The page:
Friday, December 18, 2009

Itanium: The Death of Red Hat Linux Support

Itanium: The Death of Red Hat Linux Support


As reported on The Register, Red Hat quietly announced RHEL 5 as the "end of the line" for Intel Itanium.

The History
The processor market as basically split between two comodity CISC (Completed Instruction Set Computing) chip makers, Intel (x86) and Motorola (68K) where high-end workstation & server vendors consolidated in Motorola (68K) with PC makers leveraging Intel (x86).

Motorola indicated an end to their 68K line was coming, x86 appeared to be running out of steam. A new concept called RISC (Reduced Instruction Set Computing) was appearing on the scenes. Wholesale migration from Motorola was on, many vendors creating their own very high performance chips based upon this architecture. Various RISC chips were born, created by vendors, adopted by manufacturers, each with their own operating system based upon various open standards.
  • SUN/Fujitsu/Ross/(various others) SPARC
  • DEC Alpha
  • MIPS MIPS (adopted by SGI, Tandem, and various others)
  • Motorola 88K (adopted by Data General, Northern Telecom, and various others)
  • Motorola/IBM PowerPC (adopted by Apple, IBM, Motorola, and various others)
There was reletively small volume shipments to most vendors of full fledge processors, although the computing prices allowed for continued investment to create increasingly smaller chips to enhance performance. Many of these architectures were cooperative efforts, with cross licensing, to increase volume, and create a viable vendor base. The move to 64 occurred in most of these high-end vendors. As the costs for investment continued to rise, in order to shrink the silicon chip dies, a massive consolidation started to occur, in order to save costs and continue to be profitable.

The desktop market continued to tick away with 32 bit computing at a lower cost, with 2 primary vendors: Intel and AMD.

A massive move to consolidate 64 bit RISC processors from the minority market shareholders from their smaller shares to a common, larger, Intel based 64 bit Itanium VLIW (Very Long Intruction Word) processors. This was a very risky move, since VLIW was a new architecture, and performance was unproven. The consideration by the vendors was Intel had deep enough pockets to fund a new processor. Some of the vendors, who consolidated their architectures into Itanium included:

  • HP - PA-RISC
  • DEC, purchased by Compaq, Purchased by HP - Alpha
  • DEC, purchased by Compaq, Purchased by HP - VAX
  • Tandem, purchased by Compaq, Purchased by HP - MIPS
  • SGI -> MIPS
Many of the RISC processors did not go away, they just moved to embedded environments, where many of the more complex features of the chips could continue to be dropped, so development would be less costly.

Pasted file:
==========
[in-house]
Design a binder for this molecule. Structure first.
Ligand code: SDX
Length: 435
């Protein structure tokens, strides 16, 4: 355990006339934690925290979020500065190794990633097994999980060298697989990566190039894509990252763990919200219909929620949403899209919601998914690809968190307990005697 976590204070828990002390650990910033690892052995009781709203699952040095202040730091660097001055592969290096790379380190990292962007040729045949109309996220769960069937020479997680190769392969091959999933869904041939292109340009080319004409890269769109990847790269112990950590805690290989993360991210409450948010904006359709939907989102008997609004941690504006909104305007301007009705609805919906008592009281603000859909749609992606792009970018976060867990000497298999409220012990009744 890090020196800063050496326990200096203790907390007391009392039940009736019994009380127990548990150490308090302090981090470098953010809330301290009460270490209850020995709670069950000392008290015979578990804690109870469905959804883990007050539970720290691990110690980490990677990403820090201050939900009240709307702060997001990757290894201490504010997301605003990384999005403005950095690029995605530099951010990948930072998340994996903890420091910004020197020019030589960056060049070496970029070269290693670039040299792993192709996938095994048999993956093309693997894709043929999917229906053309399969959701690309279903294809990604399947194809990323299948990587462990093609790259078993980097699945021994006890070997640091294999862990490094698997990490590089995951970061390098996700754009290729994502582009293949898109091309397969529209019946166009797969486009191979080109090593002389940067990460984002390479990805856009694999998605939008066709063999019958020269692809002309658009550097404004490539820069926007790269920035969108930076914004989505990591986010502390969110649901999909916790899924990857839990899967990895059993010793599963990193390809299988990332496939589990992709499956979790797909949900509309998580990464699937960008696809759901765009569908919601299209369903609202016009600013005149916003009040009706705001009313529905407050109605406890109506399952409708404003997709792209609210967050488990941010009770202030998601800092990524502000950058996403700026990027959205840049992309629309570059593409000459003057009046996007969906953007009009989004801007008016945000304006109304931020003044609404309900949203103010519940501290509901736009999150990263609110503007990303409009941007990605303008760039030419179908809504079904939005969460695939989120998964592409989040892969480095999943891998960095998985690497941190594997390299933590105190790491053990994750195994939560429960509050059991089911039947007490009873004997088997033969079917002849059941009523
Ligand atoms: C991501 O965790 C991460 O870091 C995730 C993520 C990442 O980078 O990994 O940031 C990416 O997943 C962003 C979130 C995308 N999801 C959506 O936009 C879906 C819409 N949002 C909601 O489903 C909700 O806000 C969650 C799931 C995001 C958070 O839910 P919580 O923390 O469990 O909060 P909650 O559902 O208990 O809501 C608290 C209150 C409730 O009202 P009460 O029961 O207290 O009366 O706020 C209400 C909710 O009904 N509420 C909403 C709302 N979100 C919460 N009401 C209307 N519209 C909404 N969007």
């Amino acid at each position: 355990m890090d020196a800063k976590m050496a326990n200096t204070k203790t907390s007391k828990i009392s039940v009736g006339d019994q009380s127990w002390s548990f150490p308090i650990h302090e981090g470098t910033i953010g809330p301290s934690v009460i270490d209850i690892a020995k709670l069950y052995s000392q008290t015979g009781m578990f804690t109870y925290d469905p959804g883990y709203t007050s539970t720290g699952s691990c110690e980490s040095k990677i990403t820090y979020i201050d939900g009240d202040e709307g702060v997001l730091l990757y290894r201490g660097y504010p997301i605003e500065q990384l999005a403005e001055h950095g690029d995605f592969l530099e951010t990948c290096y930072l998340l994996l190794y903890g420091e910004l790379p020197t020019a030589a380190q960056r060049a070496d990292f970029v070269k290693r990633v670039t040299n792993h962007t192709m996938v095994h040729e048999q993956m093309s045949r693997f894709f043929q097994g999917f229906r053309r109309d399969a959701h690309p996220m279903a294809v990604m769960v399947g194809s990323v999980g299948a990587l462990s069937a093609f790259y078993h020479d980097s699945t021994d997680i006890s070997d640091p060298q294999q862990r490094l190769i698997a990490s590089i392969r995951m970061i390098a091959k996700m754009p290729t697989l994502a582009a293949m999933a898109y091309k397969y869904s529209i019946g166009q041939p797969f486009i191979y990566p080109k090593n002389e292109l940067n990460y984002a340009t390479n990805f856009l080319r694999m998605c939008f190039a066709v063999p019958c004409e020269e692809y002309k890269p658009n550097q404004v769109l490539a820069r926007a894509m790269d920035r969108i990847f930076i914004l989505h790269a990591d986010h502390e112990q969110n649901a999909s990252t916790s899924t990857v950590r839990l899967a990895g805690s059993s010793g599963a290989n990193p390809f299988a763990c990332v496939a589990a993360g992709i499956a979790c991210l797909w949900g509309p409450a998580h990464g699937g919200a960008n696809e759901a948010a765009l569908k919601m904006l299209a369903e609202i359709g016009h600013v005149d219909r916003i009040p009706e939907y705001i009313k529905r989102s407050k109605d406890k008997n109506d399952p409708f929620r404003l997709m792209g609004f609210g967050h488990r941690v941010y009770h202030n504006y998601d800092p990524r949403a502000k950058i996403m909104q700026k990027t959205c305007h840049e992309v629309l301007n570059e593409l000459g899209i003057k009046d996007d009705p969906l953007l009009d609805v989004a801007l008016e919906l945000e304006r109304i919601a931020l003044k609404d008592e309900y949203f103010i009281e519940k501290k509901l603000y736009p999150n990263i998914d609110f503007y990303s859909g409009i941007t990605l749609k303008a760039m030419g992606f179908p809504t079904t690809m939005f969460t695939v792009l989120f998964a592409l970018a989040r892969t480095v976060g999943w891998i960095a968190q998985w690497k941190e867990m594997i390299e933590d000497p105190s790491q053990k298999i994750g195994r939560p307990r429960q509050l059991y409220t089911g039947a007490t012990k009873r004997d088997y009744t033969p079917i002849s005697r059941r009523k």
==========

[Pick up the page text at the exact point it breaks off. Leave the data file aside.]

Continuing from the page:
[Sun Microsystems UltraSPARC 2]

[Fujitsu SPARC64 VII]
[IBM Power]
Majority RISC architecture market share holds in the desktop & server arena seemed to consolidate during the fist decade of 2000 around RISC architectures of an open consortium driven by specifications called SPARC (predominately SUN and Fujitsu) and proprietary final proprietary single vendor drive POWER (predominately IBM)

[AMD Athlon FX 64 Bit]
AMD later released 64 bit extensions to the aging Intel x86 instructions (which all vendors, including Intel, had basically written off as a dead-end architecture) - creating what the market referred to as "x64". Intel was later forced into releasing a similar processor, competing internally with their Itanium. Much market focus started, consolidating servers onto this proprietary x64 based systems, sapping vitality and market share from RISC and VLIW vendors.

Network Management Implications

HP really drove the market to Itanium, after acquiring many companies. There was a large number of operating systems, which needed to be supported internally, so the move to consolidate those operating systems and reduce costs became important.

HP OpenView is one of those key suites of Network Management tools, which people don't get fired for purchasing. HP made announcements of their proprietary operating system HP-UX, Microsoft proprietary Windows, and open source Linux support for Intel Itanium. HP was never able to get OpenView traction with it under Linux under Itanium or Windows under Itanium, although they were able to provide support for their own proprietary HP-UX platform, as well as Linux under x86 architecture.

With Open Source Red Hat Linux going away on Itanium. Itanium as a 64 bit architecture is clearly taking a severe downturn in the viable 3rd party architectures, and Network Management from OpenView will obviously never become a player in a market that will no longer exist.
The IBM POWER architecture, even though it is one of the last two substantial RISC vendors left, has never really been a substantial vendor in Network Managment arena, even with IBM selling Tivoli Network Management suite. Network Management will most likely never be a substantial power under POWER.

"Mom & Pop" shops run various Network Management systems under Windows, but the number of managed nodes is typically vastly inferior to the larger Enterprise and Managed Services markets. The software just does not scale as well.

Sun SPARC Solaris (with massive vertical and horizontal scalibility) and Red Hat Linux x68 (typically limited to horizontal scalibility) are really the only two substantial multi-vendor Network Management platform players for large Managed Services installations left. Red Hat abandoning HP's Itanium Linux only continues to solidify this position.

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